Facebook Wins $873 Million Judgment Against Spammer

Written by Sue Walsh on December 12, 2012

 

Facebook has won yet another lawsuit against a spammer and walked away with a hefty judgment in their favor, but does anyone care? Even Facebook themselves admit their victory doesn’t mean much and their chances of collecting are slim.

“Does Facebook expect to quickly collect $873 million and share the proceeds in some way with our users? Alas, no. It’s unlikely that Geurbez and Atlantis Blue Capital could ever honor the judgment rendered against them (though we will certainly collect everything we can). But we are confident that this award represents a powerful deterrent to anyone and everyone who would seek to abuse Facebook and its users,” said Max Kelly, Facebook Security chief.

The social network successfully sued Adam Guerbuez of Montrealand his company Atlantis Blue Capital under the CAN-SPAM Act. Facebook says Guerbuez used a combination of phishing attacks and spam to trick users into turning over their login info after which he took over their accounts to spam the site.

While companies generally sue spammers in hopes it will act as a deterrent, in most cases it is a waste of time and money. Spammers rarely bother to acknowledge such suits let alone show up in court. Most don’t even live in the U.S. and are more or less judgment-proof as a result. The few U.S.-based spammers that were successfully sued simply filed for bankruptcy to avoid having to pay, and almost all spammers who are sued keep right on spamming.

So is there really any point to suing? Not really.

Comments

Martha Cambridge December 17, 2012

I think the better question is, is there any point in eventually enforcing the judgment? If I were to answer, I would say yes. This is the only way we can prove to all spammers out there that the anti-spamming law definitely has teeth, and anyone who is found guilty of it is going to face some tough consequences. Otherwise, it will only reinforce my belief that one of the reasons why these spammers are so brave is because no one dares to really put them behind bars. Or that they may have to review the law to make sure it’s something they can truly comply with.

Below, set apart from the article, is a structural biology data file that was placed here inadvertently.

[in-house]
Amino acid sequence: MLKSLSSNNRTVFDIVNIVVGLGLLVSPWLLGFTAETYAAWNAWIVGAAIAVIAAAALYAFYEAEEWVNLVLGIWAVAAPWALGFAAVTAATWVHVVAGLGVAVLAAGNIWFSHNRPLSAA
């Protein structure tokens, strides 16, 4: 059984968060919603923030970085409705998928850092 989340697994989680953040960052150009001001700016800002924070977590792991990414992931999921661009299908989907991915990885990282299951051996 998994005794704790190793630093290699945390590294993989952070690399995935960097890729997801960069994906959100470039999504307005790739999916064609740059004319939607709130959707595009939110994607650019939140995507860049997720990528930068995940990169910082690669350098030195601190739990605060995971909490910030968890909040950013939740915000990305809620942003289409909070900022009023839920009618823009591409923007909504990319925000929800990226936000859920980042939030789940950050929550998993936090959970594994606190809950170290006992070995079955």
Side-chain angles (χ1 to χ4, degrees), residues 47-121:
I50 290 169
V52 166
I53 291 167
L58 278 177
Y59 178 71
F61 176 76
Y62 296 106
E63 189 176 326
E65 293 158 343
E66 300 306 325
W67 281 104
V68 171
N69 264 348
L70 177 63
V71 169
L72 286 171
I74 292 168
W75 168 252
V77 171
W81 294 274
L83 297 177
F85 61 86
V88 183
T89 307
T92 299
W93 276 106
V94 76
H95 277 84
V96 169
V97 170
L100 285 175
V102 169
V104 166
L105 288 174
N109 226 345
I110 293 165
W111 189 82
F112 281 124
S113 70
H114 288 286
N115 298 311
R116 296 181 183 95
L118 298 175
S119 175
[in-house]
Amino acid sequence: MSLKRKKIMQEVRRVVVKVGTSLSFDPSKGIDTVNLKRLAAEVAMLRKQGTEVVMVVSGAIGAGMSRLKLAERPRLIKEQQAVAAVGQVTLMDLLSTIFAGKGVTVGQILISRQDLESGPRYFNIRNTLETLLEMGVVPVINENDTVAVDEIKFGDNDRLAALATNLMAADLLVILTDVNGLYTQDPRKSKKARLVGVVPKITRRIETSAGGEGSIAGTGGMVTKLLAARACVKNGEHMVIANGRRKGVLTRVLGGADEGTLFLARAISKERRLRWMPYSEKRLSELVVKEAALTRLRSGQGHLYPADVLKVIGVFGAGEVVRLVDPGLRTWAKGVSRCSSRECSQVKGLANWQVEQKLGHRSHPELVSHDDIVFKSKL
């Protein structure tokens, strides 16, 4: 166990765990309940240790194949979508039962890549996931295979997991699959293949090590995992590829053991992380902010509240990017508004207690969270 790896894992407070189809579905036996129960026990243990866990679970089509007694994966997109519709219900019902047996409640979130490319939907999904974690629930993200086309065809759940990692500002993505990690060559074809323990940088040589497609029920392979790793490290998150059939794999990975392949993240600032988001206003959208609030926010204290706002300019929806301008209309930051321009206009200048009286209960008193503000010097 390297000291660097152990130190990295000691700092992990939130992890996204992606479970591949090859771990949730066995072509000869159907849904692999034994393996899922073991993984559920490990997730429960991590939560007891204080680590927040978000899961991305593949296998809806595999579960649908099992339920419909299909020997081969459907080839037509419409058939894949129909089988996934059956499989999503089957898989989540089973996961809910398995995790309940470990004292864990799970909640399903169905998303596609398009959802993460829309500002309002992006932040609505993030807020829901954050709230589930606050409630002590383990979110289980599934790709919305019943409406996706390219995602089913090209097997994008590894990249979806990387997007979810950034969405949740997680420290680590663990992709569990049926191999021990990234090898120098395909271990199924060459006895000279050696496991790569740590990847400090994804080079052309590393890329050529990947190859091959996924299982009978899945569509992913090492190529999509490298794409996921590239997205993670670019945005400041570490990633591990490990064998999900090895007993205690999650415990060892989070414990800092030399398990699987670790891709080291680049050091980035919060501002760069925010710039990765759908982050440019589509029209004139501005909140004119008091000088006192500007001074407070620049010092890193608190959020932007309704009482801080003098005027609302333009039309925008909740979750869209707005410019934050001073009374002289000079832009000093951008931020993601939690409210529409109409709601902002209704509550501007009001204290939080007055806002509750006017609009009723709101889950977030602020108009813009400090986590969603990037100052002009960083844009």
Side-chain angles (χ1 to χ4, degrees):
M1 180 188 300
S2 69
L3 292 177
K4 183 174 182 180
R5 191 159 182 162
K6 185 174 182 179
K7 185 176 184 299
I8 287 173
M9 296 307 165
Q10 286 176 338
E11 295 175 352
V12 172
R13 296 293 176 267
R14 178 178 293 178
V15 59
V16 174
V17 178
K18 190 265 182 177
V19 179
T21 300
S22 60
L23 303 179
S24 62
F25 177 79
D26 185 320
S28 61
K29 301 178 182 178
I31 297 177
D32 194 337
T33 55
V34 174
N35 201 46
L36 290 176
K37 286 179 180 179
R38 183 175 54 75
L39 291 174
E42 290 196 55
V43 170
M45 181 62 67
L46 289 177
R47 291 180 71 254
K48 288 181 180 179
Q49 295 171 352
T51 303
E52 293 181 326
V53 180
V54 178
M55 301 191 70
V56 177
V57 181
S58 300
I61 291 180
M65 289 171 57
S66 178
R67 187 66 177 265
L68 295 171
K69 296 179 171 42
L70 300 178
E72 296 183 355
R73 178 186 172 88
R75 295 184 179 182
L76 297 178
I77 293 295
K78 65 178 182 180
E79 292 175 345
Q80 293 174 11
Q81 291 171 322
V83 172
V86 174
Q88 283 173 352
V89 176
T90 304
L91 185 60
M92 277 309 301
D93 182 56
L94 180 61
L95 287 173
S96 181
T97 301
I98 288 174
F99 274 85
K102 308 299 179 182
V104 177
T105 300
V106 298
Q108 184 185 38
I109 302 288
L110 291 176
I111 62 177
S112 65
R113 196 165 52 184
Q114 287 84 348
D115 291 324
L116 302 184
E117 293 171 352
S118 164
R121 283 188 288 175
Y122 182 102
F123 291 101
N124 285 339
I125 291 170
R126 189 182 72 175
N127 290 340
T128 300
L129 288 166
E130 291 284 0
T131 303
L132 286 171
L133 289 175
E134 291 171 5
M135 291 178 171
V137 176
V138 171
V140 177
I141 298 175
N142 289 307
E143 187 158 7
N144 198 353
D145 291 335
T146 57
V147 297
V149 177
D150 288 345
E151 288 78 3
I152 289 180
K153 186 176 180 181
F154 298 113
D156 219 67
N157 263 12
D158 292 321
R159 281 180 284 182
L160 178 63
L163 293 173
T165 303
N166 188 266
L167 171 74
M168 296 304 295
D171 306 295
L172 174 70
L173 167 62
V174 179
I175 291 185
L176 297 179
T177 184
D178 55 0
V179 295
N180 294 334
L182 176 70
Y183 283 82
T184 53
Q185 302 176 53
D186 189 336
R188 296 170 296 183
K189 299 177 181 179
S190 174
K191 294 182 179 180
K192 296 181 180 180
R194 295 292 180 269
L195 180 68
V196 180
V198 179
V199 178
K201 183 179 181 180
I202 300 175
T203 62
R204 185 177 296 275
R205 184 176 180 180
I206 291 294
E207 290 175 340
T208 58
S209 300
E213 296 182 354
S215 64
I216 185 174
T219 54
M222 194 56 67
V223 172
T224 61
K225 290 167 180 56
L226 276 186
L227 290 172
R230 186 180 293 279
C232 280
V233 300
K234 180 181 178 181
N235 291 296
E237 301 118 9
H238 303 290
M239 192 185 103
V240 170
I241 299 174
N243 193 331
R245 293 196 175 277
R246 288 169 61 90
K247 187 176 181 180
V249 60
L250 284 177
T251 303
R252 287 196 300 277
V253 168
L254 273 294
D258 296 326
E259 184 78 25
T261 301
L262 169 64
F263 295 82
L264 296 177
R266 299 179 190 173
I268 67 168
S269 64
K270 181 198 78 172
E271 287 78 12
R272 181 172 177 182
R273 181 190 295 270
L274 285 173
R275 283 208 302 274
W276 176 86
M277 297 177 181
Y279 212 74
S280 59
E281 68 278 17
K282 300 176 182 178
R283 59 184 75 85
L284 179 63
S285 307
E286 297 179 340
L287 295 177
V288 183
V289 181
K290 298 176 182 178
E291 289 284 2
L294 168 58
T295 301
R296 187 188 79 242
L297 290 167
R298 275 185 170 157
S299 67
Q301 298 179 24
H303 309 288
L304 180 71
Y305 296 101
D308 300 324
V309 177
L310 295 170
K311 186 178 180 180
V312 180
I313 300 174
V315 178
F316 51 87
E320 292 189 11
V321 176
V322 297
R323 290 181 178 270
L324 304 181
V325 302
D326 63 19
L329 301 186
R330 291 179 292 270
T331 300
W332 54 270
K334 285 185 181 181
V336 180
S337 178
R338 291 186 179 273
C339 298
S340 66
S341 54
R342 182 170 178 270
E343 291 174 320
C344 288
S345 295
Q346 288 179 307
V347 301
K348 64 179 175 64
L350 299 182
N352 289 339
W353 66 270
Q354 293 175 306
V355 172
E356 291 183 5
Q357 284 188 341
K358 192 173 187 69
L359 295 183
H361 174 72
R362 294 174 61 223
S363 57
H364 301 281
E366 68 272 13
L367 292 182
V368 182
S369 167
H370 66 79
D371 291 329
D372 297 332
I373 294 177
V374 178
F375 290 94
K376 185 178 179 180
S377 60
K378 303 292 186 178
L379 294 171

Abby Ross December 20, 2012

This is a very interesting post. As far as I know, Facebook is one of the huge “violators” when it comes to privacy. In fact, Instagram (which Facebook just bought) is in hot waters for a change in terms and conditions, which grants them the authority to sell user photos to advertisers! And yet they’ve never been taken to court or investigated further. Though I know that what the scammers did deserved punishment, but I also think Facebook should be served one as well. Otherwise, there’s really no clear justice in the world.

Howard Dwight January 2, 2013

I don’t think Facebook will be able to collect that amount of money—ever. But seriously I don’t know why the court even considered such amount for the criminal. I think it’s utterly useless. Perhaps one of the positive things we can get out of this story is that courts are now taking such types of cases seriously and that those who have been constantly spammed will know they do have a legal remedy. They can fight for the invasion of privacy as well as for potential theft of private information.

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